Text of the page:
Product Liability

  • May 28, 2024

    Groups Fight Calif. AG's Subpoenas In Plastic Waste Probe

    Two chemical and plastic industry groups have accused California Attorney General Rob Bonta of violating their First Amendment rights by demanding they hand over privileged documents as part of an investigation into global plastics pollution, in a pair of complaints filed in D.C. federal court.

  • May 28, 2024

    Tribe Says Enbridge's Trespass Concern Wasted Court's Time

    A Wisconsin tribe has told the Seventh Circuit that Enbridge Energy wasted the court's time raising concerns that an old tribal trespass ordinance could cost the company millions in fines, saying it has nothing to do with the tribe's attempts to stop the Line 5 pipeline.

  • May 28, 2024

    Ex-NRA CFO Settles NY AG Suit Before Phase-Two Trial

    The National Rifle Association's former chief financial officer has reached a settlement with the New York attorney general's office ahead of the second phase of a trial over claims the group and its executives misused donor money, among other alleged misconduct.

  • May 28, 2024

    Seeger Weiss Secures Latest Fee Bid In NFL Concussion Case

    A Pennsylvania federal judge on Tuesday granted Seeger Weiss LLP's latest fee request for close to $1.9 million in attorney fees and costs for its ongoing work implementing an agreement settling former National Football League players' concussion-linked disability claims.

  • May 28, 2024

    Davis Wright Recruits Kelley Drye FDA Practice Chair In DC

    Davis Wright Tremaine LLP said Tuesday that the head of Kelley Drye & Warren LLP's Food and Drug Administration practice group has joined the firm as an advertising and food and drug law partner in Washington, D.C.

  • May 24, 2024

    Uvalde Families Say Call Of Duty, Meta Groomed Shooter

    Families of schoolchildren shot at Robb Elementary School in Uvalde, Texas, in 2022 alleged in a pair of lawsuits Friday that Meta Platforms' Instagram, the maker of first-person shooter video game Call of Duty, and a manufacturer of assault rifles helped inspire, train and equip the teenage gunman.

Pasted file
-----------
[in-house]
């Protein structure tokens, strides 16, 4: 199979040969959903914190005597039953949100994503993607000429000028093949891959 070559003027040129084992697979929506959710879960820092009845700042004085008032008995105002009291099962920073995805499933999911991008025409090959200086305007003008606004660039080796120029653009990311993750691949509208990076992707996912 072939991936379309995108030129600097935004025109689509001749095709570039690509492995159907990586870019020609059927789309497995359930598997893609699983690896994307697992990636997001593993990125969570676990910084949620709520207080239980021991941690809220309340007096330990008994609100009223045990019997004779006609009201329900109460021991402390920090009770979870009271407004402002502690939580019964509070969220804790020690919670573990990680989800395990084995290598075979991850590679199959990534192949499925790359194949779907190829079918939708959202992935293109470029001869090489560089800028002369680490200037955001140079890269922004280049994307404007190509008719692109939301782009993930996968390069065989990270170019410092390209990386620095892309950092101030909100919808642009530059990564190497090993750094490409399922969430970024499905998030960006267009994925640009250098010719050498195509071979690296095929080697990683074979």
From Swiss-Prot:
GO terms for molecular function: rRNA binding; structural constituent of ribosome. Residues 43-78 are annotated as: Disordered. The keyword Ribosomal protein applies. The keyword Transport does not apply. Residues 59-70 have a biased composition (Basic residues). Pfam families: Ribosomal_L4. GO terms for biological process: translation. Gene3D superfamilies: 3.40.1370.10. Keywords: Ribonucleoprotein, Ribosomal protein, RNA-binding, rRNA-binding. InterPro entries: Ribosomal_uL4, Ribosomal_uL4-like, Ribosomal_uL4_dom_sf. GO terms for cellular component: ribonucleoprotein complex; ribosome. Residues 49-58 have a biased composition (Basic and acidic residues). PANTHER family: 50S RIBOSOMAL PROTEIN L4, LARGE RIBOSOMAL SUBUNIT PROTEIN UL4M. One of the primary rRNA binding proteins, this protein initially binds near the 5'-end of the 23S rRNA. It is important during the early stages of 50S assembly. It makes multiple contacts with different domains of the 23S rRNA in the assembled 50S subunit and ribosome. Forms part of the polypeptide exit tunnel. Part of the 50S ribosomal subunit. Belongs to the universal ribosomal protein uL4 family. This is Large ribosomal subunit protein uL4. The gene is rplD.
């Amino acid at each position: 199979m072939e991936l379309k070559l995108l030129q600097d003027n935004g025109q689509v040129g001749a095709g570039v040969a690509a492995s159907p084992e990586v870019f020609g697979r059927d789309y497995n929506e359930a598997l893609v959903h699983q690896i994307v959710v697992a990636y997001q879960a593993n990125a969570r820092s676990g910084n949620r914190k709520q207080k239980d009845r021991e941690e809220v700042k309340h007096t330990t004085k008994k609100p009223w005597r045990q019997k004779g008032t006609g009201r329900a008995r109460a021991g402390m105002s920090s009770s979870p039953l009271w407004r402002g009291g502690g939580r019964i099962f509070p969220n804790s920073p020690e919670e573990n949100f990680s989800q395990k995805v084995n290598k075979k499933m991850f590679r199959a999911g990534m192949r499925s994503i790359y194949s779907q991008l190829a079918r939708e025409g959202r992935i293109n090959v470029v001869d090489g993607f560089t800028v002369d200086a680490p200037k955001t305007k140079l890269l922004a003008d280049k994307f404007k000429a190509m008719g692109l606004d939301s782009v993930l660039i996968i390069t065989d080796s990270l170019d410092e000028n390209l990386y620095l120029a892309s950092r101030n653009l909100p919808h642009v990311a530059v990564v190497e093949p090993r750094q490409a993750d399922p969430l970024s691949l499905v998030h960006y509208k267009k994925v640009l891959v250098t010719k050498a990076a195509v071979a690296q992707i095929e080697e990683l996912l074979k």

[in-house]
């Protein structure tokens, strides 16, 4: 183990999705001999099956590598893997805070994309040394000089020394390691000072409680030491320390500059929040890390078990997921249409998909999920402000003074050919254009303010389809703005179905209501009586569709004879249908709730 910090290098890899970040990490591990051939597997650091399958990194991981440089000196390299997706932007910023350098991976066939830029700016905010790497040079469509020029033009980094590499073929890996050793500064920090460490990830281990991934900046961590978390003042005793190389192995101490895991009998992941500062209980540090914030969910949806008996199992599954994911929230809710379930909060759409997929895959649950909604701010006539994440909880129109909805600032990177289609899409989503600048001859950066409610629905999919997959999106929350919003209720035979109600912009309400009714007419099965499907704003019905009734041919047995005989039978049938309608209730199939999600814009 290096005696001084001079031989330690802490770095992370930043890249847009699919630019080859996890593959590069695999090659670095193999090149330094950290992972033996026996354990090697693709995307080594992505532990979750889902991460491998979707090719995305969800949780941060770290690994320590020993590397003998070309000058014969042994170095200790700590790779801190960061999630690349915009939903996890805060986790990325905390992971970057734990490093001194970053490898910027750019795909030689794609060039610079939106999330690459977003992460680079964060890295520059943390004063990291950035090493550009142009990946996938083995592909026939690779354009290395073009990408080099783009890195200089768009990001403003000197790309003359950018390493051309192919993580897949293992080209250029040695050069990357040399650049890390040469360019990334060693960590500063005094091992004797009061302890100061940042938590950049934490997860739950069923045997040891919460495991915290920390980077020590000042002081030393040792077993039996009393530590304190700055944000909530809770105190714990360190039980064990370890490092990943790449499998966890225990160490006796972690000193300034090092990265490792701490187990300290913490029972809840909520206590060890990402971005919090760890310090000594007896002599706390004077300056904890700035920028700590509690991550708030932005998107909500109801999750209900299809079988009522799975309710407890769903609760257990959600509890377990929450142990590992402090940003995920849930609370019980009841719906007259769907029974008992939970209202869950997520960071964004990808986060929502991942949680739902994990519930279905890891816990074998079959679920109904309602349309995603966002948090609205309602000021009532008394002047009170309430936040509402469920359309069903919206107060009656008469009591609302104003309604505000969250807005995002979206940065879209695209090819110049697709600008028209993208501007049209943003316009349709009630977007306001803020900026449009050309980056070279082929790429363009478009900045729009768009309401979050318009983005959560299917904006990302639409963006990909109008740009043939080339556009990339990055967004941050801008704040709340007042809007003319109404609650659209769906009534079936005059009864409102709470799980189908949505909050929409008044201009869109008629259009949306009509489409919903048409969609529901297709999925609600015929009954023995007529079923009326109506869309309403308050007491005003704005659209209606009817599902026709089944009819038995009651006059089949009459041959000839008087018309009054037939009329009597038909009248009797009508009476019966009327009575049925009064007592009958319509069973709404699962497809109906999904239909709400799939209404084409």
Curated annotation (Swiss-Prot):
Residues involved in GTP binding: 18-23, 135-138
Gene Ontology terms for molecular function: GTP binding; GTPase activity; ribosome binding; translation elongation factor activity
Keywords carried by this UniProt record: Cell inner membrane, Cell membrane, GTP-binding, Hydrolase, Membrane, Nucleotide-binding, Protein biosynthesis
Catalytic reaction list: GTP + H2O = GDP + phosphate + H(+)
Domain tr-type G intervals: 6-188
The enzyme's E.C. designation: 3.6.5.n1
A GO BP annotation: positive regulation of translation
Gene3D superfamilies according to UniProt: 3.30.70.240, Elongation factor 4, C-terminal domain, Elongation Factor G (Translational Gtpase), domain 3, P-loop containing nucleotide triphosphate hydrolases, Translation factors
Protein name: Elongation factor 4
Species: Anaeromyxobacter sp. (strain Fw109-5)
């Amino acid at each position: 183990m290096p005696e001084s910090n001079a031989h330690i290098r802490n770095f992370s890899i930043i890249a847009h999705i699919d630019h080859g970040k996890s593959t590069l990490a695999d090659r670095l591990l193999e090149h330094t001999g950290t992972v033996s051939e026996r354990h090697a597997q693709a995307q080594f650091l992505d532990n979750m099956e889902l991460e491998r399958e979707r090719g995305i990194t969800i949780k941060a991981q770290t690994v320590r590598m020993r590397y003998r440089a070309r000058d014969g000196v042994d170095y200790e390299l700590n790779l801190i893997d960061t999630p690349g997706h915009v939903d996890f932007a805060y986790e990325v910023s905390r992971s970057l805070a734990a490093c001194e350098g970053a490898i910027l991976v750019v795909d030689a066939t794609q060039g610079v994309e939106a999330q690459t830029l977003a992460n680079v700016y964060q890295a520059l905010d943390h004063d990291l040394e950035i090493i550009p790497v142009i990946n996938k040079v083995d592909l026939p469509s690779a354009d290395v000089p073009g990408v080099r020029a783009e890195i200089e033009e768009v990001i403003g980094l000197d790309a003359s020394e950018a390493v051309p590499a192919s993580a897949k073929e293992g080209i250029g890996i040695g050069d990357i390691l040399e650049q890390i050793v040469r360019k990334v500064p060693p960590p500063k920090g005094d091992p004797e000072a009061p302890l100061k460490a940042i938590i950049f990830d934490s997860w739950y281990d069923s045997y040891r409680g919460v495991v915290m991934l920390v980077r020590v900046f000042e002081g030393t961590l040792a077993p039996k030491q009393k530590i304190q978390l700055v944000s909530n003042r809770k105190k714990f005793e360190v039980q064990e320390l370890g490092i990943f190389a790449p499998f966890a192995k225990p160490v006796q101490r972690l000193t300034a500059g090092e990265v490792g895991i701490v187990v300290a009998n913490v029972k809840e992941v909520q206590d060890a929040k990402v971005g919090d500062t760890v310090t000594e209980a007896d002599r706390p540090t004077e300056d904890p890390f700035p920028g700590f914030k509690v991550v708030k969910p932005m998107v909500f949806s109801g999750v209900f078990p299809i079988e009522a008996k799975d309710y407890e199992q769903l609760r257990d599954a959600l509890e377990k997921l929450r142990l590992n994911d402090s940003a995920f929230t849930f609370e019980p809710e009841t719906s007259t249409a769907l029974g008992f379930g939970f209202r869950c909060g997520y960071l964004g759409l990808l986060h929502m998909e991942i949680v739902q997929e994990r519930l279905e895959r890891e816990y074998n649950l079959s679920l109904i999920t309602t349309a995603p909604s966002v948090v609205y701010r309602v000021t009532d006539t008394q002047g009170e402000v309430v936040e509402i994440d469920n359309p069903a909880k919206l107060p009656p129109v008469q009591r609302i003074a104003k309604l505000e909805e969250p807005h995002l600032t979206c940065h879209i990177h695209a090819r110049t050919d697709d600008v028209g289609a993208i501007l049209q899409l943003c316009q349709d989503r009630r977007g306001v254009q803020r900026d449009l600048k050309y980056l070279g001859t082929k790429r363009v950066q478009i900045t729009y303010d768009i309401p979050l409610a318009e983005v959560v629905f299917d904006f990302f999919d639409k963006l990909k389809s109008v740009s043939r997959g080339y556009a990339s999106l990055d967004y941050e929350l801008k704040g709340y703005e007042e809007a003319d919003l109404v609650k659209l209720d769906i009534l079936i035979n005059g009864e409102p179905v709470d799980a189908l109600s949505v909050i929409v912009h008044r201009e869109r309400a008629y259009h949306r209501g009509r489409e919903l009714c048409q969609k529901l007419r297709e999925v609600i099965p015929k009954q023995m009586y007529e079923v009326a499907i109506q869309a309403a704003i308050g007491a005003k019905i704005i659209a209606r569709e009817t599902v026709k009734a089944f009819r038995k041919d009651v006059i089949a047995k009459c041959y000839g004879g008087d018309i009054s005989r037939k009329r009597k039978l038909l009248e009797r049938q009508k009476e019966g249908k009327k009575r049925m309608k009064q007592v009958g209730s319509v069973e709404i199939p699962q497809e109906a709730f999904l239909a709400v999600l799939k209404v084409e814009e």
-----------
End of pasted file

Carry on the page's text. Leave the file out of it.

• May 24, 2024

    Petition Watch: Forum Shopping, Monopolies & Gun Safety

    Law360 looks at four U.S. Supreme Court petitions filed in the past two weeks, including the FDA's request that the justices curb an increase in forum shopping at the Fifth Circuit, and two veterinarians who want the justices to allow plaintiffs to pursue antitrust claims for actions allegedly leading to the creation of a monopoly.

  • May 24, 2024

    Biden's Judicial Impact And What's Left On The Wish List

    President Joe Biden secured confirmation of his 200th federal judge Wednesday and has transformed the judiciary by picking more women and people of color than any other president. But the upcoming election season could derail his hopes of confirming many more judges.

  • May 24, 2024

    Feds' Probe Into Waymo Self-Driving Car Finds More Incidents

    The U.S. auto safety regulator has said it found nine additional incidents of Waymo LLC autonomous vehicles exhibiting "unexpected driving behaviors" and has asked the company for more information as part of a new investigation.

  • May 24, 2024

    EPA Denies Ala. Coal Ash Management Program Application

    The U.S. Environmental Protection Agency has issued a final decision denying Alabama's application to run a federally approved permit program to manage coal ash landfills and impoundments, saying the state's permit program doesn't meet federal standards for protecting people and waterways.

  • May 24, 2024

    Alabama Judge Says Attys Subverted Plumbing Defect Deal

    In an effort to safeguard the due process rights of hundreds of homeowners, an Alabama federal judge has tossed out more than 300 settlement class "opt-outs" and partially reopened the objection period in a product liability suit, determining that outside attorneys repeatedly misled clients regarding the pending settlement, leading to the numerous exclusion requests.